An exhibition devoted to the life and impact of Vigdís Finnbogadóttir, former President of Iceland, will open in the old Telegraph Station on Suðurgata on 1 December. Work is currently underway renovating the building and setting up the exhibition. The exhibition, suitable for all ages, will educate visitors about the wide-ranging impact that Vigdís has had in the areas of equality, environmentalism, world peace and language, both in Iceland and abroad.
A memorandum of understanding between the government and the University of Iceland was signed at an event held in the UI Ceremonial Hall on 17 June 2021 to mark the 110th anniversary of the foundation of the University. Last year, the University of Iceland and Vigdís agreed that Vigdís would donate several artefacts from her presidency to the University and Vigdís International Centre, such as letters and documents, gifts from foreign heads of state, artwork, items of clothing and other objects from her private collection. Since then, preparations for the exhibition have been in full swing under the leadership of Sigrún Alba Sigurðardóttir, cultural scholar and curator at the Vigdís Finnbogadóttir Institute.
Vigdís Finnbogadóttir and her daughter, Ástríður Magnúsdóttir, at the signing of the agreement on donation of Vigdís' possessions to the exhibition.
Lend me wings
The exhibition is entitled "Lend me wings: Vigdís Finnbogadóttir, life and impact. The goal of the exhibition is to highlight the influence Vigdís Finnbogadóttir had on both Iceland and the wider world and the issues to which she has devoted her life, both as the President of Iceland and later as a UNESCO Goodwill Ambassador for Languages. "There is a particular focus on her work for equality, the environment, world peace, languages and culture and the exhibition also explores how public discourse shaped Vigdís' positions and priorities and how she influenced and even changed that discourse," says Sigrún Alba.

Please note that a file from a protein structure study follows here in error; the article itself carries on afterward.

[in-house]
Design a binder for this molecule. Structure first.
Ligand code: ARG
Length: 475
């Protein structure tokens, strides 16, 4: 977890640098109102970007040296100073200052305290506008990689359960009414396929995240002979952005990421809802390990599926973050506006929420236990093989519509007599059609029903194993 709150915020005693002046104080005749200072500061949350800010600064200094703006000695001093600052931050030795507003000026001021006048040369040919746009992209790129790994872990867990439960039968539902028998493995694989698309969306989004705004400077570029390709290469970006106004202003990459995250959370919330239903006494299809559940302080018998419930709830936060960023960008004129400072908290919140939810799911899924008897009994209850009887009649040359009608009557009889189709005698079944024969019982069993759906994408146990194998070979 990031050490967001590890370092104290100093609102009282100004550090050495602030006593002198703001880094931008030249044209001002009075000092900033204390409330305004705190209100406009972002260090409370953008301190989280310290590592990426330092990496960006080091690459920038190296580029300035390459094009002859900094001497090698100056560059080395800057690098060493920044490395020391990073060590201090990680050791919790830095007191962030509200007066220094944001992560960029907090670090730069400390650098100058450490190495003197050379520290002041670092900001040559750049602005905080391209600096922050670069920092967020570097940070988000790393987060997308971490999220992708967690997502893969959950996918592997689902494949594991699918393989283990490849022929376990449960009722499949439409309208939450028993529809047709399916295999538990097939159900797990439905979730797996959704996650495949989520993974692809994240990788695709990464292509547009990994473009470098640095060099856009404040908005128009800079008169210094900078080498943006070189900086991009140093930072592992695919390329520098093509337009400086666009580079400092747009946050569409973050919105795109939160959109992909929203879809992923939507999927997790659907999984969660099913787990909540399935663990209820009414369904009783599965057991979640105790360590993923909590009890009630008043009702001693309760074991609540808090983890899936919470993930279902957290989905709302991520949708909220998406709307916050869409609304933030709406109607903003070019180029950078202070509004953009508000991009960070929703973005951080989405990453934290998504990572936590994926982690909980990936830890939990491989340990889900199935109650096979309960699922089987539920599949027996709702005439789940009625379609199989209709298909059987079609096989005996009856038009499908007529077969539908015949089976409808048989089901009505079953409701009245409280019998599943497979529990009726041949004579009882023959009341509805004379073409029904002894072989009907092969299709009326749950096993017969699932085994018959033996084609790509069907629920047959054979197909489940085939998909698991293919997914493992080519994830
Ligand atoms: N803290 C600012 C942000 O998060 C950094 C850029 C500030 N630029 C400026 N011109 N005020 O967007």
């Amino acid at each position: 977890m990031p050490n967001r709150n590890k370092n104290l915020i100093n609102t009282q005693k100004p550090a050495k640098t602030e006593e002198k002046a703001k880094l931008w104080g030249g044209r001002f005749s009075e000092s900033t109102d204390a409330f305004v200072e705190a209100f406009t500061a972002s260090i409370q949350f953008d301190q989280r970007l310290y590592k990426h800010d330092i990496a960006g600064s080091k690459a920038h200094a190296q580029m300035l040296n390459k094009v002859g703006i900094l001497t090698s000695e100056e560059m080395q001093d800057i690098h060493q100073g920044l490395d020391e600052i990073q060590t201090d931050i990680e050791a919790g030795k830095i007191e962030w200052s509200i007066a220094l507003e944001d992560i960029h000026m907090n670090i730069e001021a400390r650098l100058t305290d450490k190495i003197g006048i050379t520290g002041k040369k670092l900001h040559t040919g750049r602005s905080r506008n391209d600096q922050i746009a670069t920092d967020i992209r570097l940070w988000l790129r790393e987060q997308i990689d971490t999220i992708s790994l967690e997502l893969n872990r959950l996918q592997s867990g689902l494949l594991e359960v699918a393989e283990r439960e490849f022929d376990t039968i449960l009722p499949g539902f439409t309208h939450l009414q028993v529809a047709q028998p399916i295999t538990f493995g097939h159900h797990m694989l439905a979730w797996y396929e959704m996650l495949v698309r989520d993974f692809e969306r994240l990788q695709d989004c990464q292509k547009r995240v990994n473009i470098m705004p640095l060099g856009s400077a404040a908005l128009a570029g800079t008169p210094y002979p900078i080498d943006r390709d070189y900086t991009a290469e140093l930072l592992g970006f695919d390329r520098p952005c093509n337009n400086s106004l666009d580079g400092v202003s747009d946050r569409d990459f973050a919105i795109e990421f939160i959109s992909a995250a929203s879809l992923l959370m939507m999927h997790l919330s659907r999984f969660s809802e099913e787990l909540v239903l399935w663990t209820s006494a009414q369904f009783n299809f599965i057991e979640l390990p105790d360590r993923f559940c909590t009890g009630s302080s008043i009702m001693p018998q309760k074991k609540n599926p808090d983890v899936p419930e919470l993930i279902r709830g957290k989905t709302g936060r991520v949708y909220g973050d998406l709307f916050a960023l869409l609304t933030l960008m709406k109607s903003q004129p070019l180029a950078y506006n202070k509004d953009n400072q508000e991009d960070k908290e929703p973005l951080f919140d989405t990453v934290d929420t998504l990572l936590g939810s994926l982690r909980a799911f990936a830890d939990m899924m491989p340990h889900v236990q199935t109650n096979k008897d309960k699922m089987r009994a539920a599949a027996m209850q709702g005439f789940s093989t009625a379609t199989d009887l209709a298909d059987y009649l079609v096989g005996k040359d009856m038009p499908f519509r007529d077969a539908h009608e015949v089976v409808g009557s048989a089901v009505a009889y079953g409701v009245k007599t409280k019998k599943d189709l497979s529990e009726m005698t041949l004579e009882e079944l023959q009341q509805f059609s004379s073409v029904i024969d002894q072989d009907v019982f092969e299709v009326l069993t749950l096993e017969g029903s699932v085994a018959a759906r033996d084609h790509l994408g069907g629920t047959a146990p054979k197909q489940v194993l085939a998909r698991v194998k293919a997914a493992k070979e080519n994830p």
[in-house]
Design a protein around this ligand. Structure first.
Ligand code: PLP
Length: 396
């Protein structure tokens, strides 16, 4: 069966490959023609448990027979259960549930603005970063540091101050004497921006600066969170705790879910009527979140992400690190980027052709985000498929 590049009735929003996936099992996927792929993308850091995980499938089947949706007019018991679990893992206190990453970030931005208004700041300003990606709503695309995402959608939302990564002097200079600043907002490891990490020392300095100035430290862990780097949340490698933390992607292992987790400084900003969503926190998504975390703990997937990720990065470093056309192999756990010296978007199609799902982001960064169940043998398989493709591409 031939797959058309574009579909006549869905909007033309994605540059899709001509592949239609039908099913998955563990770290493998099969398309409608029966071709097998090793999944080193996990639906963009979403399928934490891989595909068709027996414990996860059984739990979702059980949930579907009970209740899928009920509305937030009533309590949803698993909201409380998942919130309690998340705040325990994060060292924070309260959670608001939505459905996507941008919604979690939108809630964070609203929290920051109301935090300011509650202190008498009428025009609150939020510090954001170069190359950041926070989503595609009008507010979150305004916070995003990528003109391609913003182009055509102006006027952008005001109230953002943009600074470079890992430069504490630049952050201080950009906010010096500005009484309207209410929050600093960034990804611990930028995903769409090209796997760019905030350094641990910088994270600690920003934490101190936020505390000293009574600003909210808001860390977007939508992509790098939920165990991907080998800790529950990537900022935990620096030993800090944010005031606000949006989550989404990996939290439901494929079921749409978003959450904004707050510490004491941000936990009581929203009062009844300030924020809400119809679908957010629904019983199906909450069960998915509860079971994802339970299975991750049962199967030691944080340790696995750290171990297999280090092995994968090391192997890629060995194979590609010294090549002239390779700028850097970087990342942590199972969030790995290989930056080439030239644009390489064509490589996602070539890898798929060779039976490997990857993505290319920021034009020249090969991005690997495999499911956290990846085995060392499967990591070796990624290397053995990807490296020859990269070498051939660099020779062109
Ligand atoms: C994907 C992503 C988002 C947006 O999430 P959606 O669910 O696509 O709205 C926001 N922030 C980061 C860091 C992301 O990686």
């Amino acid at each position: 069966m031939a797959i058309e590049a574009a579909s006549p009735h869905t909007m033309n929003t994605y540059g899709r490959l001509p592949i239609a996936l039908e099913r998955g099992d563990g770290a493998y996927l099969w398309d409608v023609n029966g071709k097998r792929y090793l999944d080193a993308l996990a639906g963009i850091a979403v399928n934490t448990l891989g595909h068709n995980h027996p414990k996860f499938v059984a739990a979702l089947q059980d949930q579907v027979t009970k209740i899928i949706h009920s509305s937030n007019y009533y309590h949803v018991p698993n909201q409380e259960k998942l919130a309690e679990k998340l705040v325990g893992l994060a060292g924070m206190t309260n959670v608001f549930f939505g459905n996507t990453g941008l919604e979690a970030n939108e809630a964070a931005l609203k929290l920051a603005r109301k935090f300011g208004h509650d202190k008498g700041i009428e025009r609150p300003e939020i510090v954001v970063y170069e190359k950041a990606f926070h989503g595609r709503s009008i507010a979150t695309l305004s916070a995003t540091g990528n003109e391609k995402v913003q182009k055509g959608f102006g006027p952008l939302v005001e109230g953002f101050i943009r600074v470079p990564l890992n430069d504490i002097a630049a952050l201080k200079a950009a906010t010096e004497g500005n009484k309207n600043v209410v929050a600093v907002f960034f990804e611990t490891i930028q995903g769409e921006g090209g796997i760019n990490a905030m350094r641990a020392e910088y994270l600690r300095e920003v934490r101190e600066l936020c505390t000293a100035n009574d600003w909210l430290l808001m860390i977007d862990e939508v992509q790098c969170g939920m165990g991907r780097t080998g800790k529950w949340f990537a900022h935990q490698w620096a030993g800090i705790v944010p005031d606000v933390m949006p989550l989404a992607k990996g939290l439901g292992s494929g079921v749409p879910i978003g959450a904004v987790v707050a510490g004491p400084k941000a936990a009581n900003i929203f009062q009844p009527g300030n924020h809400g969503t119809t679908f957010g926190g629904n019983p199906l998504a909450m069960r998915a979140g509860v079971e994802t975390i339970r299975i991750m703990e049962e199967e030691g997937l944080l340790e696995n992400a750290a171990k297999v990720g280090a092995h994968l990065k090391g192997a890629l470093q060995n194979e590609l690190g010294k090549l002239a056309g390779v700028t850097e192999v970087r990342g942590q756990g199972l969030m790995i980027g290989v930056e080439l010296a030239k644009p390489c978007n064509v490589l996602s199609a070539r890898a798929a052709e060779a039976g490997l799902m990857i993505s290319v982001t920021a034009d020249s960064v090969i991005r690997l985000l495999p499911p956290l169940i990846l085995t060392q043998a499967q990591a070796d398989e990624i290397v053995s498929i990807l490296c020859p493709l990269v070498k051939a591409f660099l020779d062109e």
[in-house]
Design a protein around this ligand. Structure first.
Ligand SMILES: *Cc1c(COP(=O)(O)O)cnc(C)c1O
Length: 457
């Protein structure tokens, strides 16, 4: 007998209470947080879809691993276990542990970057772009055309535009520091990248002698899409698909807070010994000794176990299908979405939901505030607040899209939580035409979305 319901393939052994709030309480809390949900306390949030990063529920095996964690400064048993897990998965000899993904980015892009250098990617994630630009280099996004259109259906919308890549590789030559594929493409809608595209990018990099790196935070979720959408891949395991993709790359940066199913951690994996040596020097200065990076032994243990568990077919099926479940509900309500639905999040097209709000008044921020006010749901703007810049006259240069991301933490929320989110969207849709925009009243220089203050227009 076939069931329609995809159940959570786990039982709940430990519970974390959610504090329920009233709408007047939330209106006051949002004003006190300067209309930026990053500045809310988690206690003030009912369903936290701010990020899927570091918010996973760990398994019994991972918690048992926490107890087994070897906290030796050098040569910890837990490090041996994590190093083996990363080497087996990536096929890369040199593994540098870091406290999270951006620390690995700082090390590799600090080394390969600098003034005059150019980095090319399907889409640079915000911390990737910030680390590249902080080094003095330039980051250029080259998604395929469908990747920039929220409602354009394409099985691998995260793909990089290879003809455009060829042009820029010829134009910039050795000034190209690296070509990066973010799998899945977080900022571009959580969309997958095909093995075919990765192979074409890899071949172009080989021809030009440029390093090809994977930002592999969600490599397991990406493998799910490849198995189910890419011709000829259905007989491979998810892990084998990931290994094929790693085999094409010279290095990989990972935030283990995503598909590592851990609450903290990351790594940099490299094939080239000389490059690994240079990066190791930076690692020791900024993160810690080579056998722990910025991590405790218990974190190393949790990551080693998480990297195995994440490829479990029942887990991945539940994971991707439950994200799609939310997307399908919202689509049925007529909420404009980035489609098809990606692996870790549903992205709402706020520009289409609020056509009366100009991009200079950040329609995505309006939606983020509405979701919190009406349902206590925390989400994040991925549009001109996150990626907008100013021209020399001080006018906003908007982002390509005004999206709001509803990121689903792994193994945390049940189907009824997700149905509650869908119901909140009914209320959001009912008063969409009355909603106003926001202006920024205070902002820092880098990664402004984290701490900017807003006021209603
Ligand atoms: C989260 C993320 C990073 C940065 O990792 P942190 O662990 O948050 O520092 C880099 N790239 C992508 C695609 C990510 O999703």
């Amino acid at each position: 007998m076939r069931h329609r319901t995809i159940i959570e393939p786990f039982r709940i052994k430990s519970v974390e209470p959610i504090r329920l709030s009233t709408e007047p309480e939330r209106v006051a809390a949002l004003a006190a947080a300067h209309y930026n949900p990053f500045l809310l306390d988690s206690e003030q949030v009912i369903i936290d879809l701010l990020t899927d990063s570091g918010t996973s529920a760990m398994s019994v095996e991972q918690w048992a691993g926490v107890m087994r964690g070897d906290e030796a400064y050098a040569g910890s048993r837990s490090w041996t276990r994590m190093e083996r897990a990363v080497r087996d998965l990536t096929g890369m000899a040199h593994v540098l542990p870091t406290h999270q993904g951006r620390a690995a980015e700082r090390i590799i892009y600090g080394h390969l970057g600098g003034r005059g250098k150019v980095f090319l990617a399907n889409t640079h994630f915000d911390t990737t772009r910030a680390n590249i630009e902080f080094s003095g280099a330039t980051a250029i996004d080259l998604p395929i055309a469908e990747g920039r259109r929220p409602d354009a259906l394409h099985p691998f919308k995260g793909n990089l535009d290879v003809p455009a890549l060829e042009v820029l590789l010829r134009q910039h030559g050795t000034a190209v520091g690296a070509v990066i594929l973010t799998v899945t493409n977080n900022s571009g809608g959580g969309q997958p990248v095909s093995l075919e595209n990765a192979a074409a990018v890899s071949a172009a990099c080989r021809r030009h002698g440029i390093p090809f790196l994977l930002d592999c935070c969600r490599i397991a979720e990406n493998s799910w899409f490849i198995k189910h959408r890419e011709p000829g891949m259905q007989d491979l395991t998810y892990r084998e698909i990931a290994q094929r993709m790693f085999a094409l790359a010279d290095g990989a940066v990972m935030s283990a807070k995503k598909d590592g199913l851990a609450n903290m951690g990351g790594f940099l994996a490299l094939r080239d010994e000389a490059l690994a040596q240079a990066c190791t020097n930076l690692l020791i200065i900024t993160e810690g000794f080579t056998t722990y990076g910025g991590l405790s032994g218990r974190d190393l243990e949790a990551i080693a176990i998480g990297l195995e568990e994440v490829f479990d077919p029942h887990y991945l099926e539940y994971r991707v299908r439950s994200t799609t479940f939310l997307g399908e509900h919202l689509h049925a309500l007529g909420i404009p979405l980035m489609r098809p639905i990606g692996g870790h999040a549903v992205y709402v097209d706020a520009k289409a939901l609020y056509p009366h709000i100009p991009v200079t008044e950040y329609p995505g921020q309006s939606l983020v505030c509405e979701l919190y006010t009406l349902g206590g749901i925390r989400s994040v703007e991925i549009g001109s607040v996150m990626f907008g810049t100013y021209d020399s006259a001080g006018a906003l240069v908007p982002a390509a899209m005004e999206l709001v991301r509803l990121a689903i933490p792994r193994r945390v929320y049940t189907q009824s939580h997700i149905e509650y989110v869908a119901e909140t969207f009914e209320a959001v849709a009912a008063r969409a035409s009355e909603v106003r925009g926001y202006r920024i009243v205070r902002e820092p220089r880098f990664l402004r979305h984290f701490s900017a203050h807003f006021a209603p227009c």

The title of the exhibition is taken from a poem by the Icelandic poet, Hulda. "We chose it to reflect how, through her encouragement, positivity and example, Vigdís Finnbogadóttir has inspired so many people – women and others – to take action and make their dreams come true. Vigdís was young herself when she left home and started working towards her goals, learning from her experiences and the challenges she faced along the way. She has been a role model for many people. With her emphasis on human rights, peace, environmental protection, culture, and languages, Vigdís Finnbogadóttir has had a profound influence on both Iceland and the wider world, not to mention her impact on matters of equality," adds Sigrún Alba.
Close collaboration with the Vigdís International Centre
The exhibition will be closely linked with the work of the Vigdís International Centre, which is housed in the building next door to the Telegraph Station: Veröld - House of Vigdís. The Vigdís International Centre operates under the auspices of UNESCO and the Vigdís Finnbogadóttir Institute of Foreign Languages at the University of Iceland. "The primary aims of the Vigdís International Centre are to promote multilingualism in order to increase understanding, communication and respect between cultures and nations and to support research into native languages in a human rights context. Since 1999, Vigdís Finnbogadóttir has been a UNESCO Goodwill Ambassador for Languages. The role involves raising awareness of the importance of languages for cultural diversity and preserving endangered languages," explains Ann-Sofie Nielsen Gremaud, chair of the board of the Vigdís International Centre.
Vigdís was elected President of Iceland in 1980 and served in that office for 16 years. IMAGE/Getty Images
Why was Vigdís elected President?